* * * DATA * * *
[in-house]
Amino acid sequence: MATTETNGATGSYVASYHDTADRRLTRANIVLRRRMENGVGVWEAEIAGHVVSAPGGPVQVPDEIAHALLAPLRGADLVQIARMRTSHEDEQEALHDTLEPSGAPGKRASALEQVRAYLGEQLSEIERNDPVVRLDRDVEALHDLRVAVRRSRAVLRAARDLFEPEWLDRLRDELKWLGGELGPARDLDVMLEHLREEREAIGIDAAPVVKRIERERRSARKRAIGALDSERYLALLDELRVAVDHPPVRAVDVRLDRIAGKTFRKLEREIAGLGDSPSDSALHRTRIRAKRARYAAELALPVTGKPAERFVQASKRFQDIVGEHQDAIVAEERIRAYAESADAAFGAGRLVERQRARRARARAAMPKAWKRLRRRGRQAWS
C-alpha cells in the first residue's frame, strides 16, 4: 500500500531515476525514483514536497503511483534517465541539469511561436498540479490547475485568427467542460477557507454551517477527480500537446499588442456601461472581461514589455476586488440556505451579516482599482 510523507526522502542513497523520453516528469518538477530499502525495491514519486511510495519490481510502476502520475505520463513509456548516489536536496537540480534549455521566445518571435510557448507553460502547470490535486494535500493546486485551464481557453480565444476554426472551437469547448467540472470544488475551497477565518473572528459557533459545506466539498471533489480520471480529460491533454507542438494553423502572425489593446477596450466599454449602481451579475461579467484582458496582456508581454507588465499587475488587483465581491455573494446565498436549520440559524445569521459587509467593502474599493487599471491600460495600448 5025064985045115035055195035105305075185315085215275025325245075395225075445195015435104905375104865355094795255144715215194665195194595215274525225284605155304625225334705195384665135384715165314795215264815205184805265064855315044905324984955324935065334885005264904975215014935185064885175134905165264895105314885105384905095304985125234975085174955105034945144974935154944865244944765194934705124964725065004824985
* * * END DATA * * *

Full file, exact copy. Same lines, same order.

[in-house]
Amino acid sequence: MATTETNGATGSYVASYHDTADRRLTRANIVLRRRMENGVGVWEAEIAGHVVSAPGGPVQVPDEIAHALLAPLRGADLVQIARMRTSHEDEQEALHDTLEPSGAPGKRASALEQVRAYLGEQLSEIERNDPVVRLDRDVEALHDLRVAVRRSRAVLRAARDLFEPEWLDRLRDELKWLGGELGPARDLDVMLEHLREEREAIGIDAAPVVKRIERERRSARKRAIGALDSERYLALLDELRVAVDHPPVRAVDVRLDRIAGKTFRKLEREIAGLGDSPSDSALHRTRIRAKRARYAAELALPVTGKPAERFVQASKRFQDIVGEHQDAIVAEERIRAYAESADAAFGAGRLVERQRARRARARAAMPKAWKRLRRRGRQAWS
C-alpha cells in the first residue's frame, strides 16, 4: 500500500531515476525514483514536497503511483534517465541539469511561436498540479490547475485568427467542460477557507454551517477527480500537446499588442456601461472581461514589455476586488440556505451579516482599482 510523507526522502542513497523520453516528469518538477530499502525495491514519486511510495519490481510502476502520475505520463513509456548516489536536496537540480534549455521566445518571435510557448507553460502547470490535486494535500493546486485551464481557453480565444476554426472551437469547448467540472470544488475551497477565518473572528459557533459545506466539498471533489480520471480529460491533454507542438494553423502572425489593446477596450466599454449602481451579475461579467484582458496582456508581454507588465499587475488587483465581491455573494446565498436549520440559524445569521459587509467593502474599493487599471491600460495600448 5025064985045115035055195035105305075185315085215275025325245075395225075445195015435104905375104865355094795255144715215194665195194595215274525225284605155304625225334705195384665135384715165314795215264815205184805265064855315044905324984955324935065334885005264904975215014935185064885175134905165264895105314885105384905095304985125234975085174955105034945144974935154944865244944765194934705124964725065004824985